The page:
Web Standards Meet User-Land: Using CSS-in-JS to Style Custom Elements

The popularity of CSS-in-JS has mostly come from the React community, and indeed many CSS-in-JS libraries are React-specific. However, Emotion, the most popular library in terms of npm downloads, is framework agnostic.

Using the shadow DOM is common when creating custom elements, but there’s no requirement to do so. Not all use cases require that level of encapsulation. While it’s also possible to style custom elements with CSS in a regular stylesheet, we’re going to look at using Emotion.

We start with an install:

npm i emotion

Emotion offers the css function:

import {css} from 'emotion';

css is a tagged template literal. It accepts standard CSS syntax but adds support for Sass-style nesting.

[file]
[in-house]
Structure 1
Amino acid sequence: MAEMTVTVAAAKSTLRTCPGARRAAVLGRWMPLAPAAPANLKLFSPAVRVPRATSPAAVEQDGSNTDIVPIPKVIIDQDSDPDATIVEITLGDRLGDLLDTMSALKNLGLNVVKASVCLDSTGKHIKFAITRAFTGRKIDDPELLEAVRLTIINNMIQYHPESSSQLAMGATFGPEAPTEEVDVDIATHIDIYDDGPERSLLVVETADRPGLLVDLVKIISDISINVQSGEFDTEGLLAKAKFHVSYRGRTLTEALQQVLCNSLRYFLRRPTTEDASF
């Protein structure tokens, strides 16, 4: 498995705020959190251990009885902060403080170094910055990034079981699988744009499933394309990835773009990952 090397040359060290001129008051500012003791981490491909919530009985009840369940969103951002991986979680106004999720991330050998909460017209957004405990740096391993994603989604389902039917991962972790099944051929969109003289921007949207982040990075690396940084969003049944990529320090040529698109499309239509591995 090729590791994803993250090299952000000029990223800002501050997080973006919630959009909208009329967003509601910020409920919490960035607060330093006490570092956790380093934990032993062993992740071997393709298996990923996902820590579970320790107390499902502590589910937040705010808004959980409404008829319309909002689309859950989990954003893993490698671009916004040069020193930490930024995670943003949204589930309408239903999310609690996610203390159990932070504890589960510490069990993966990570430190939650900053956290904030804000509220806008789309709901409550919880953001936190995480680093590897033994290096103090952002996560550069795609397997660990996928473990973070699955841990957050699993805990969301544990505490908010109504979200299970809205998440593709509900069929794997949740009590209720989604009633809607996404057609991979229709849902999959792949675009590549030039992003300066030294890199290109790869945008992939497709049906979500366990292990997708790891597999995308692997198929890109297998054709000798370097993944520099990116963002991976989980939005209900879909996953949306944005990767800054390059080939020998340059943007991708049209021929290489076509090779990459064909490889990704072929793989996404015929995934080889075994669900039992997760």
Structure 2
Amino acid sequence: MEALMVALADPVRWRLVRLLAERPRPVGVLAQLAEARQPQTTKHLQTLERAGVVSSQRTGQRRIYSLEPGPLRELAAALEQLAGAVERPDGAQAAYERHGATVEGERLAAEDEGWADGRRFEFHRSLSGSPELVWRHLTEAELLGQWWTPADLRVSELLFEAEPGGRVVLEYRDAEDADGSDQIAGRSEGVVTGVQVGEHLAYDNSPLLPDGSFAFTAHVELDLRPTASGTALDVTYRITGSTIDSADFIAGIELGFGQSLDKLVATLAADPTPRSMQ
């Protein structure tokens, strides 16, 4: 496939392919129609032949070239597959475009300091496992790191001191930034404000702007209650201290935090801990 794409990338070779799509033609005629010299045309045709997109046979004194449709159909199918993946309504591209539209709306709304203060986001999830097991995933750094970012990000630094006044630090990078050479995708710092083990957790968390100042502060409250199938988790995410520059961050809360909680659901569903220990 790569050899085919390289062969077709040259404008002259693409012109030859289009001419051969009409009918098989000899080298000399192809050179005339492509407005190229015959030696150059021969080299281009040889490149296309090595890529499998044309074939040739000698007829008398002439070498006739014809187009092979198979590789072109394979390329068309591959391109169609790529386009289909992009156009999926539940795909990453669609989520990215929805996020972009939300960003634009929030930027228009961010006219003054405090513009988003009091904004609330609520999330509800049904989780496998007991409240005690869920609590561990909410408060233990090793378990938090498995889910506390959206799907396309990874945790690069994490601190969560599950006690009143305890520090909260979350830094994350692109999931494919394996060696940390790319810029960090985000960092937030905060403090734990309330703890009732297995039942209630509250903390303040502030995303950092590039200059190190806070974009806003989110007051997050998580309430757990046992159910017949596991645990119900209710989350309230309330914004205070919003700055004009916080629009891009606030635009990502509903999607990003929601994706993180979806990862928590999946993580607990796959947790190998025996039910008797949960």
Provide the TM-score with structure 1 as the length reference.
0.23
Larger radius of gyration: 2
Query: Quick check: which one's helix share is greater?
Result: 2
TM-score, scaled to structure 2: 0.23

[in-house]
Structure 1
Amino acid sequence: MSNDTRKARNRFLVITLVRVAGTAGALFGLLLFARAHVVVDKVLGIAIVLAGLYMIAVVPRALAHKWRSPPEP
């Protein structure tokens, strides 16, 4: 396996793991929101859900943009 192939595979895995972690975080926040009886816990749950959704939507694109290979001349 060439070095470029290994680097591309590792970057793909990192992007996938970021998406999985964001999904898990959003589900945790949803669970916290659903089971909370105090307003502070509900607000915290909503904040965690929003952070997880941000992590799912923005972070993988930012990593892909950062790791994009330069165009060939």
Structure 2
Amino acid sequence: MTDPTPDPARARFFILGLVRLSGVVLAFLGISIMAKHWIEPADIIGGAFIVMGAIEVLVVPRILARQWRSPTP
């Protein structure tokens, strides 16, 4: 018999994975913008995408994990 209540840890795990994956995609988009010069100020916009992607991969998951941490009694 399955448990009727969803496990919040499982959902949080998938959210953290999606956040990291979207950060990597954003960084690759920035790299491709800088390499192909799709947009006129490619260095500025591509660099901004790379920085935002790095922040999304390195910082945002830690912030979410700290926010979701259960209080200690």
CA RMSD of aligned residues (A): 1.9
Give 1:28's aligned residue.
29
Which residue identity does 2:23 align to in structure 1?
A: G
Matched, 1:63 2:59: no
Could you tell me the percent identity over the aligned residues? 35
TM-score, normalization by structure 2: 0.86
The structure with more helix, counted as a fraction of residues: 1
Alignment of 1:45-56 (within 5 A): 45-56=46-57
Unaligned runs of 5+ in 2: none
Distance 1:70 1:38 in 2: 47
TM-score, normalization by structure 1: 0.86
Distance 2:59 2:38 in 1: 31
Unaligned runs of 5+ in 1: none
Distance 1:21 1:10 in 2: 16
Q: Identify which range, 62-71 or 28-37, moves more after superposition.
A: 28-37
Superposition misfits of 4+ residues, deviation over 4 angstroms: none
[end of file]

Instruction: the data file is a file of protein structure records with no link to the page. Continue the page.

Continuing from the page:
const buttonStyles = css`
  color: white;
  font-size: 16px;
  background-color: blue;

  &:hover {
    background-color: purple;

Once some styles have been defined, they need to be applied. Working with custom elements can be somewhat cumbersome. Libraries — like Stencil and LitElement — compile to web components, but offer a friendlier API than what we’d get right out of the box.

So, we’re going to define styles with Emotion and take advantage of both Stencil and LitElement to make working with web components a little easier.

Applying styles for Stencil

Stencil makes use of the bleeding-edge JavaScript decorators feature. An @Component decorator is used to provide metadata about the component. By default, Stencil won’t use shadow DOM, but I like to be explicit by setting shadow: false inside the @Component decorator:

  tag: 'fancy-button',
  shadow: false

Stencil uses JSX, so the styles are applied with a curly bracket ({}) syntax:

export class Button {
  render() {
    return <div><button class={buttonStyles}><slot/></button></div>